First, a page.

Huntington Disease , Activities of Daily Living , Humans , Huntington Disease/diagnosis , Prognosis , Severity of Illness Index , Upper Extremity
4.
J Huntingtons Dis ; 10(2): 313-322, 2021.
Article in English | MEDLINE | ID: covidwho-1195998

ABSTRACT

BACKGROUND: Safer-at-home orders during the COVID-19 pandemic altered the structure of clinical care for Huntington's disease (HD) patients. This shift provided an opportunity to identify limitations in the current healthcare infrastructure and how these may impact the health and well-being of persons with HD. OBJECTIVE: The study objectives were to assess the feasibility of remote healthcare delivery in HD patients, to identify socioeconomic factors which may explain differences in feasibility and to evaluate the impact of safer-at-home orders on HD patient stress levels. METHODS: This observational study of a clinical HD population during the 'safer-at-home' orders asked patients or caregivers about their current access to healthcare resources and patient stress levels. A chart review allowed for an assessment of socioeconomic status and characterization of HD severity. RESULTS: Two-hundred and twelve HD patients were contacted with 156 completing the survey. During safer-at-home orders, the majority of HD patients were able to obtain medications and see a physician; however, 25% of patients would not commit to regular telehealth visits, and less than 50% utilized an online healthcare platform. We found that 37% of participants were divorced/single, 39% had less than a high school diploma, and nearly 20% were uninsured or on low-income health insurance. Patient stress levels correlated with disease burden. CONCLUSION: A significant portion of HD participants were not willing to participate in telehealth services. Potential explanations for these limitations may include socioeconomic barriers and caregiving structure. These observations illustrate areas for clinical care improvement to address healthcare disparities in the HD community.


Subject(s)
COVID-19 , Huntington Disease , Telemedicine , Adult , Cost of Illness , Female , Healthcare Disparities , Humans , Huntington Disease/epidemiology , Huntington Disease/therapy , Male , Middle Aged , Patient Acceptance of Health Care , SARS-CoV-2 , Socioeconomic Factors , Surveys and Questionnaires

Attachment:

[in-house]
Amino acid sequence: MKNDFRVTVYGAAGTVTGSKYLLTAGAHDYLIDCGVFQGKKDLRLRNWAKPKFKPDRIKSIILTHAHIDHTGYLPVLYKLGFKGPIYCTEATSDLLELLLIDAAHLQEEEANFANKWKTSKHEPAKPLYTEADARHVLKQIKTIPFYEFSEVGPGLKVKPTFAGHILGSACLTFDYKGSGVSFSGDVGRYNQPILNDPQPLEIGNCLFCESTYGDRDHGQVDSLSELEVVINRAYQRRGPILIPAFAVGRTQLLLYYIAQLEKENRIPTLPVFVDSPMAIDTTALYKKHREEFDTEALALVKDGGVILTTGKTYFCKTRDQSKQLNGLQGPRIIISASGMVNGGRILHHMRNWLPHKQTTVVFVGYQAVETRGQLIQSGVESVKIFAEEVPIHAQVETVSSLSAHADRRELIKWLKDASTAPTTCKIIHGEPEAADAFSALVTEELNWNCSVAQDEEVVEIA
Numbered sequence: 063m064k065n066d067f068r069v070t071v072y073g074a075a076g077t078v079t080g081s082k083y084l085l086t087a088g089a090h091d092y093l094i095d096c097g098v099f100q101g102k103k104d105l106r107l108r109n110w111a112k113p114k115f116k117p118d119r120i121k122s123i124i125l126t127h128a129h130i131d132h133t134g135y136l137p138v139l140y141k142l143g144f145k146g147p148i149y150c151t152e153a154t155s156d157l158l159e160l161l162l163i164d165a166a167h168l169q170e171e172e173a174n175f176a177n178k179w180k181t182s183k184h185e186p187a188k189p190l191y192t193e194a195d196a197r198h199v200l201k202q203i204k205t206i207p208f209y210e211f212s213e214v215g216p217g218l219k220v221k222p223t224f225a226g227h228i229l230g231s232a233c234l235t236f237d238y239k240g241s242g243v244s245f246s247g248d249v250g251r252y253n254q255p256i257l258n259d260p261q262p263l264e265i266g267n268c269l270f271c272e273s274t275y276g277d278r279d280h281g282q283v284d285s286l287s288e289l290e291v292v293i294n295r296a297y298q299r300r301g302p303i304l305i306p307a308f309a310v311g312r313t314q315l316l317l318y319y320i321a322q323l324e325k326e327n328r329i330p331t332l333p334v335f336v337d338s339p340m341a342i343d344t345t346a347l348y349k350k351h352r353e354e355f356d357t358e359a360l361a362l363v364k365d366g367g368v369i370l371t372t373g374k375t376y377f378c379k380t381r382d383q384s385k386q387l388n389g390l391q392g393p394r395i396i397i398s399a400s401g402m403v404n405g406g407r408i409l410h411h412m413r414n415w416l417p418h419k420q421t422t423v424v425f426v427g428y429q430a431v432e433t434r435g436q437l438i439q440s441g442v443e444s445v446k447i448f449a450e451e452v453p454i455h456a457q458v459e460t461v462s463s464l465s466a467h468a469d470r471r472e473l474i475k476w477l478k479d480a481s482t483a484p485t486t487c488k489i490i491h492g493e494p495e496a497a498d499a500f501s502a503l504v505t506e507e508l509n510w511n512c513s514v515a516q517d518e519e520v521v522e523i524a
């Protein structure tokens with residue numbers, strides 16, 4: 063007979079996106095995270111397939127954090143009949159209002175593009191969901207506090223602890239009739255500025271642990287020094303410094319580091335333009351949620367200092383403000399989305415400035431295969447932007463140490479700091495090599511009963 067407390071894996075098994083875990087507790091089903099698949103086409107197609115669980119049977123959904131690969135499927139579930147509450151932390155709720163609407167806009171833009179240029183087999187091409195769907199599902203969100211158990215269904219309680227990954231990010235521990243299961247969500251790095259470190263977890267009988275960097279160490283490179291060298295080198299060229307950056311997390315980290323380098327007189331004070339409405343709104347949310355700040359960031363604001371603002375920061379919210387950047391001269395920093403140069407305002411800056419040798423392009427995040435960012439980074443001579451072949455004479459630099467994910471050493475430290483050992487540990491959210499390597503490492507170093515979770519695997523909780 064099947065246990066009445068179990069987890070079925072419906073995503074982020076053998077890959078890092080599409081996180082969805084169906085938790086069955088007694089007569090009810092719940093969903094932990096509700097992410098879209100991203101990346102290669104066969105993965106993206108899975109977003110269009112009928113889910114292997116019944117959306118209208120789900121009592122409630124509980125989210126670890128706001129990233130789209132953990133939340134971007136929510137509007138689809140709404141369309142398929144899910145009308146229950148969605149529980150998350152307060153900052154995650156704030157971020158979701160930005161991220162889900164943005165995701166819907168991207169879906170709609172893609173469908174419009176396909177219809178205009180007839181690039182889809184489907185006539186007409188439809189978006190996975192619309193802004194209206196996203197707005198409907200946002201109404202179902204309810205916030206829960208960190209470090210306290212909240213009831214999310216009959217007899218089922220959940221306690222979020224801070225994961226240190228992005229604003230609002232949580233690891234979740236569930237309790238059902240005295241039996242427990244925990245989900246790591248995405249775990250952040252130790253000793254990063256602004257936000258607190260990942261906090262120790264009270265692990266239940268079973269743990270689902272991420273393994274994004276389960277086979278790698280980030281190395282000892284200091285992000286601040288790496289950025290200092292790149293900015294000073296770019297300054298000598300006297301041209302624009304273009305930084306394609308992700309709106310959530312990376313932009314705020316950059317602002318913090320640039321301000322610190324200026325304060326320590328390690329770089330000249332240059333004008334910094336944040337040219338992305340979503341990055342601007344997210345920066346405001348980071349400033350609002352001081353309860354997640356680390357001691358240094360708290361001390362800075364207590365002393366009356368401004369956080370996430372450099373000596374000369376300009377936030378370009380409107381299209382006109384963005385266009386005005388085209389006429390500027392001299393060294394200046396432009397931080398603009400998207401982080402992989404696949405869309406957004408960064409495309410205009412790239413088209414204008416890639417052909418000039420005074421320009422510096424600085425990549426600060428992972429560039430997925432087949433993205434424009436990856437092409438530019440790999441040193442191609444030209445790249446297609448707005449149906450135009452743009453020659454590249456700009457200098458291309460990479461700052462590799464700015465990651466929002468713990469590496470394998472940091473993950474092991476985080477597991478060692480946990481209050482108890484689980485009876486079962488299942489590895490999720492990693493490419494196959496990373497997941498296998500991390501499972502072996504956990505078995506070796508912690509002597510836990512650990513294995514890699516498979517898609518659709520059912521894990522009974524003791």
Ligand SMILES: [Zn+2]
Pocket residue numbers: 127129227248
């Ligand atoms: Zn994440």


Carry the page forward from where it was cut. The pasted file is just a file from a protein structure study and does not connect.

5.
Biomolecules ; 10(8)2020 08 07.
Article in English | MEDLINE | ID: covidwho-823584

ABSTRACT

Neurodegenerative diseases are the second most common cause of death and characterized by progressive impairments in movement or mental functioning in the central or peripheral nervous system. The prevention of neurodegenerative disorders has become an emerging public health challenge for our society. Melatonin, a pineal hormone, has various physiological functions in the brain, including regulating circadian rhythms, clearing free radicals, inhibiting biomolecular oxidation, and suppressing neuroinflammation. Cumulative evidence indicates that melatonin has a wide range of neuroprotective roles by regulating pathophysiological mechanisms and signaling pathways. Moreover, melatonin levels are decreased in patients with neurodegenerative diseases. In this review, we summarize current knowledge on the regulation, molecular mechanisms and biological functions of melatonin in neurodegenerative diseases such as Alzheimer's disease, Parkinson's disease, Huntington's disease, amyotrophic lateral sclerosis, vascular dementia and multiple sclerosis. We also discuss the clinical application of melatonin in neurodegenerative disorders. This information will lead to a better understanding of the regulation of melatonin in the brain and provide therapeutic options for the treatment of various neurodegenerative diseases.


Subject(s)
Circadian Rhythm , Melatonin/physiology , Neurodegenerative Diseases/metabolism , Oxidative Stress , Alzheimer Disease/metabolism , Amyotrophic Lateral Sclerosis/metabolism , Animals , Circadian Rhythm/drug effects , Dementia, Vascular/metabolism , Humans , Huntington Disease/metabolism , Melatonin/therapeutic use , Multiple Sclerosis/metabolism , Neurodegenerative Diseases/drug therapy , Oxidative Stress/drug effects , Parkinson Disease/metabolism